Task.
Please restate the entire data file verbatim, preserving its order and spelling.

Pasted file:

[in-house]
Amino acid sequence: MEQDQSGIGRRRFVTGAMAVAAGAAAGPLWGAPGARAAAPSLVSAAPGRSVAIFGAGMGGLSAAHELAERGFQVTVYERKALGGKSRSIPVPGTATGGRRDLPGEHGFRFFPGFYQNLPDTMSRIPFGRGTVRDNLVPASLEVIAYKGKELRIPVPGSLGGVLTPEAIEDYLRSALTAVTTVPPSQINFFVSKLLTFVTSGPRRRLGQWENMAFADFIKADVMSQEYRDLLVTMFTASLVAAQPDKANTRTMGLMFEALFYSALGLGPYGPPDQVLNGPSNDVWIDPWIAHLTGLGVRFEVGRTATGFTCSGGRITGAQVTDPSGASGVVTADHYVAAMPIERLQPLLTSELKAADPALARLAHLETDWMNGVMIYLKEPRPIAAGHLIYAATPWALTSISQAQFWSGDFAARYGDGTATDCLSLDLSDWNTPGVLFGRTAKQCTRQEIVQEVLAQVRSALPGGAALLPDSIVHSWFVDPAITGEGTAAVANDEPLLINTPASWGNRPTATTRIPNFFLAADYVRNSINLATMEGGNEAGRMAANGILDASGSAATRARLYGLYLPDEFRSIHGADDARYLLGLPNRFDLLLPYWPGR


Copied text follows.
[in-house]
Amino acid sequence: MEQDQSGIGRRRFVTGAMAVAAGAAAGPLWGAPGARAAAPSLVSAAPGRSVAIFGAGMGGLSAAHELAERGFQVTVYERKALGGKSRSIPVPGTATGGRRDLPGEHGFRFFPGFYQNLPDTMSRIPFGRGTVRDNLVPASLEVIAYKGKELRIPVPGSLGGVLTPEAIEDYLRSALTAVTTVPPSQINFFVSKLLTFVTSGPRRRLGQWENMAFADFIKADVMSQEYRDLLVTMFTASLVAAQPDKANTRTMGLMFEALFYSALGLGPYGPPDQVLNGPSNDVWIDPWIAHLTGLGVRFEVGRTATGFTCSGGRITGAQVTDPSGASGVVTADHYVAAMPIERLQPLLTSELKAADPALARLAHLETDWMNGVMIYLKEPRPIAAGHLIYAATPWALTSISQAQFWSGDFAARYGDGTATDCLSLDLSDWNTPGVLFGRTAKQCTRQEIVQEVLAQVRSALPGGAALLPDSIVHSWFVDPAITGEGTAAVANDEPLLINTPASWGNRPTATTRIPNFFLAADYVRNSINLATMEGGNEAGRMAANGILDASGSAATRARLYGLYLPDEFRSIHGADDARYLLGLPNRFDLLLPYWPGR